Perform electrophoresis with 25 μl of each of the above reactions on a 1% agarose gel. Fragment size for integrated minicircle transgene is 1,102 bp. Select clones that do not contain a band for integrated minicircle plasmid for further culture. Any clones containing the 1,102 bp PCR product have integrated the reprogramming factor transgenes and are therefore not suitable for downstream applications because their genomic integrity has been compromised.

Characterization of hiPSC clones: RT-PCR (1 day)

  • 61)
    Extract total RNA from one well of 50–70% confluent 6-well plate containing established hiPSC clones using the Qiagen RNeasy Mini Kit following the manufacturer’s instructions.
  • 62)
    Synthesize cDNA using the iScript cDNA Synthesis Kit per manufacturer’s instructions.
  • 63)
    Perform qPCR reactions using cDNA template as follows:
    2x PCR Master Mix25 μl
    10 uM forward primer (see Table 1)1 μl
    10 uM reverse primer (see Table 1)1 μl
    cDNA template50–500 ng
    Nuclease-free H2Oup to 50 μl
  • 64)
    Run qPCR reactions in thermal cycler or Real-Time PCR system using the following parameters (using SYBR Green settings):
    • 95 °C for 2 minutes
    • 30 cycles of: 95 °C for 15 seconds, 60 °C for 1 minute
    • hold at 4 °C
  • 65)
    Analyze CT values for gene expression fold change using the ΔΔCT method [29] or perform gel electrophoresis of PCR products on a 1% agarose gel (Figure 4).

Characterization of hiPSC clones: immunocytochemistry (1 day)

  • 66)
    Aspirate the medium from one well of 50-70% confluent 6-well plate of established hiPSCs.
  • 67)
    Wash the cells with 2 ml of PBS.
  • 68)
    Add 2 ml of PBS containing 10% formalin and fix the cells by incubation at room temperature for 10 minutes.
  • 69)
    Wash the cells once with 2 ml of PBS.
  • 70)
    Aspirate the PBS and add 1 ml of PBS containing 1% (w/v) bovine serum albumin (BSA) and 0.1% Triton X-100. Incubate 45 minutes at room temperature.
    Critical Step: Exclude Triton X-100 if staining cell surface markers such as Tra-1-60, Tra-1-81, or SSEA-4. Triton X-100 is only necessary for staining of intracellular antigens such as Oct4, Nanog, and Sox2.
  • 71)
    Aspirate blocking solution and add 1 ml of the primary antibody diluted to the appropriate concentration. Incubate overnight at 4 °C.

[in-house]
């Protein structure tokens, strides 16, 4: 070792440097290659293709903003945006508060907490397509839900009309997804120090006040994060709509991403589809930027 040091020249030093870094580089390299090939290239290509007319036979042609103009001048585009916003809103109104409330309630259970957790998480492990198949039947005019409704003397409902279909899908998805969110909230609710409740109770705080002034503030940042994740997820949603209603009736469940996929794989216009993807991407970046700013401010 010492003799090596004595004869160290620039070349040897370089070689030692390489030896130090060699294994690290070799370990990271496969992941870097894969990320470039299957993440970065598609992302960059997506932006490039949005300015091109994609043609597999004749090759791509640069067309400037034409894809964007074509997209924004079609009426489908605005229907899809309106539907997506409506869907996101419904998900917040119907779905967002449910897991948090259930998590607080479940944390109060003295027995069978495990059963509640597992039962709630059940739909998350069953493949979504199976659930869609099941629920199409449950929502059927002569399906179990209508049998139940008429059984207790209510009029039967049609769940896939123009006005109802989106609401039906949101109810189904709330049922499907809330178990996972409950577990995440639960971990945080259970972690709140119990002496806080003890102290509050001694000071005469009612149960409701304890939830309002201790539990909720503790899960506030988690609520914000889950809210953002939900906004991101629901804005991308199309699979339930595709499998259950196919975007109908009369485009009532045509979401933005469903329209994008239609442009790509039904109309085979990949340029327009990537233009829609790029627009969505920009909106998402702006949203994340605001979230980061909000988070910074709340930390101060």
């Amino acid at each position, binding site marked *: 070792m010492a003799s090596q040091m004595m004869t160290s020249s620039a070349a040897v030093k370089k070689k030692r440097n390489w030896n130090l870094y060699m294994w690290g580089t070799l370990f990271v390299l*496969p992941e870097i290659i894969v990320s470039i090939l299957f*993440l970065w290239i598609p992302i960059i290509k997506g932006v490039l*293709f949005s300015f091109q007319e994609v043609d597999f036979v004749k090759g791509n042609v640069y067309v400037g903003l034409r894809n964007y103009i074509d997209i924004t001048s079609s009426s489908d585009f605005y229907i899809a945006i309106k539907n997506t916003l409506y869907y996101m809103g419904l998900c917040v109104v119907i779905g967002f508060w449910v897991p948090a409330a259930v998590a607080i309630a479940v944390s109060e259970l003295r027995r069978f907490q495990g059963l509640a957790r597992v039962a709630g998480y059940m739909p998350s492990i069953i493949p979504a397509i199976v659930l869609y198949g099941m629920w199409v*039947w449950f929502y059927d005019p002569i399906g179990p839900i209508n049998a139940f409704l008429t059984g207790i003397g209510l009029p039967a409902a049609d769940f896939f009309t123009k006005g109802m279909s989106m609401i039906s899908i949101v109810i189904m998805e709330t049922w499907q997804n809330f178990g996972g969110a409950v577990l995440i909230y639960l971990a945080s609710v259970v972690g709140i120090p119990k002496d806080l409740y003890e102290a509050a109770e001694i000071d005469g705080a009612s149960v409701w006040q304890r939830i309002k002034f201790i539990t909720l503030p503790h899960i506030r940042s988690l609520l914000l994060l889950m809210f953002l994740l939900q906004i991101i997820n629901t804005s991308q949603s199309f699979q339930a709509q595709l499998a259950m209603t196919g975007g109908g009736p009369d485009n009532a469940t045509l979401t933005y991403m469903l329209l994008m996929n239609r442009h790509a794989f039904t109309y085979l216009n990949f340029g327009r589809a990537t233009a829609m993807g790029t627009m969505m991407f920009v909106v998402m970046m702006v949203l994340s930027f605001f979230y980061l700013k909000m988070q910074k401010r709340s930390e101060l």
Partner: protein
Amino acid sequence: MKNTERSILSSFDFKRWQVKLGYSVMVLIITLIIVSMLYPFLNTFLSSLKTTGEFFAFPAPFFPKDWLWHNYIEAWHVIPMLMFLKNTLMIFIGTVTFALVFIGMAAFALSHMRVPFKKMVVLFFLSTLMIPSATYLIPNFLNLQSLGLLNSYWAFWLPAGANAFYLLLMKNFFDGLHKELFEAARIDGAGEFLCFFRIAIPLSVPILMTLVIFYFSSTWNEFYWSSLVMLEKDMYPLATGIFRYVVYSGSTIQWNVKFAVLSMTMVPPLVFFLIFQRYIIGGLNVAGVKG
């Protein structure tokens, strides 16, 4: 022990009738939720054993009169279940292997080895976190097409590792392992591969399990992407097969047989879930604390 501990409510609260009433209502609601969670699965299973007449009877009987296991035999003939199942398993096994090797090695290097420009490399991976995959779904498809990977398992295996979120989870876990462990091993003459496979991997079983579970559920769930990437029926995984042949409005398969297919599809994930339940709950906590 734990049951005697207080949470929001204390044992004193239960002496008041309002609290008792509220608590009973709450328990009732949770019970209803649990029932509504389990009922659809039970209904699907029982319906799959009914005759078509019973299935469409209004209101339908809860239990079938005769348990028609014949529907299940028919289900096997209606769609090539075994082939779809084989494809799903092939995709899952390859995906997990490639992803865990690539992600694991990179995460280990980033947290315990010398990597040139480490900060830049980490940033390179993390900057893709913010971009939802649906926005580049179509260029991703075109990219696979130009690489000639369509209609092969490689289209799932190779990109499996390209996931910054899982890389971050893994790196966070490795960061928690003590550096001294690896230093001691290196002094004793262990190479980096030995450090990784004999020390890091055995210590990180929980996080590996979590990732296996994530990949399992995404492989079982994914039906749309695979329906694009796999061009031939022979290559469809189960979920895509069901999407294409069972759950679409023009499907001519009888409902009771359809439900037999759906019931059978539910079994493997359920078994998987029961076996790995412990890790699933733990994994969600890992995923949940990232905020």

• 72)
    Wash the cells three times for 5 minutes each with PBS.
  • 73)
    Add 1 ml of secondary antibody conjugated to AlexaFluor488 or 546 supplemented with DAPI at 1 μg/ml and incubate for 45 minutes in the dark.
  • 74)
    Wash secondary antibody twice with 2 ml of PBS.
  • 75)
    Observe the cells with a fluorescent microscope equipped with the appropriate filters.


  • Step 1–13: Preparation of minicircle DNA: 3 days
  • Step 14–23: Derivation of hASCs: 3 days
  • Step 24–48: Induction of pluripotency: 7 days
  • Step 49–52: Transfer to iMEF layer: 1 hour
  • Step 53–54: Culturing reprogramming hASCs on iMEF feeder layer: 20 days
  • Step 55–56: Picking and expanding hiPSC colonies: 10 days
  • Steps 57–60: Screening of resulting hiPSC clones: 1 day
  • Steps 61–65: Characterization of hiPSC clones: RT-PCR: 1 day
  • Steps 66–75: Characterization of hiPSC clones: immunocytochemistry: 1 day


StepProblemPossible ReasonSolution
37Low yield of GFP+ cellsLow transfection efficiencyUse high quality DNA preparations. Consider using an endotoxin removal kit to further purify the minicircle DNA preparation of contaminants that may limit efficient transfection.
Begin with higher numbers of starting cell source, up to 1 × 107 cells can be used during the initial transfection.
52Cells do not attachTrypsin cells damagedDo not incubate hASCs in TrypLE Express for longer than 5 minutes. Cells can be gently scraped from the surface of the plate to aid detachment.
Cells experience excessive shear forcePipette gently
56Unstable hiPSC clonesPlasmid integration into genomeUse high quality DNA preparations. Store DNA at −20 °C and avoid repeated freeze- thaw cycles as this may cause strand nicking and degradation.
Partial reprogrammingChoose high quality clones. Colonies with good hESC morphology are tightly compacted with sharp borders and contain cells containing prominent, large, round nucleoli and scant cytoplasm. Use freshly prepared medium and ensure that the appropriate amount of bFGF has been added.


Transfection efficiency can be monitored by GFP fluorescence under an inverted epifluorescence microscope or by flow cytometry. During the plasmid transfections, floating cells will appear because of the cytotoxicity of electroporation and Lipofectamine®. The initial nucleofection procedure has a transfection efficiency of 2-10%, and GFP fluorescence of the sorted population declines over time as shown in Figure 4C. Picked hiPSC clones will stain positively for pluripotency markers (Tra-1-60, SSEA-4), express high transcript levels of pluripotency genes (Oct4, Sox2, Nanog, Crypto), and display hESC-like morphology, such as large, round nucleoli and scant cytoplasm (Figure 4). We have successfully derived 22 hiPSC lines using this protocol from three adult donors. We calculate our reprogramming efficiency using this technique as ~0.005%, although any such calculation may be obviated by the splitting of cells during the procedure.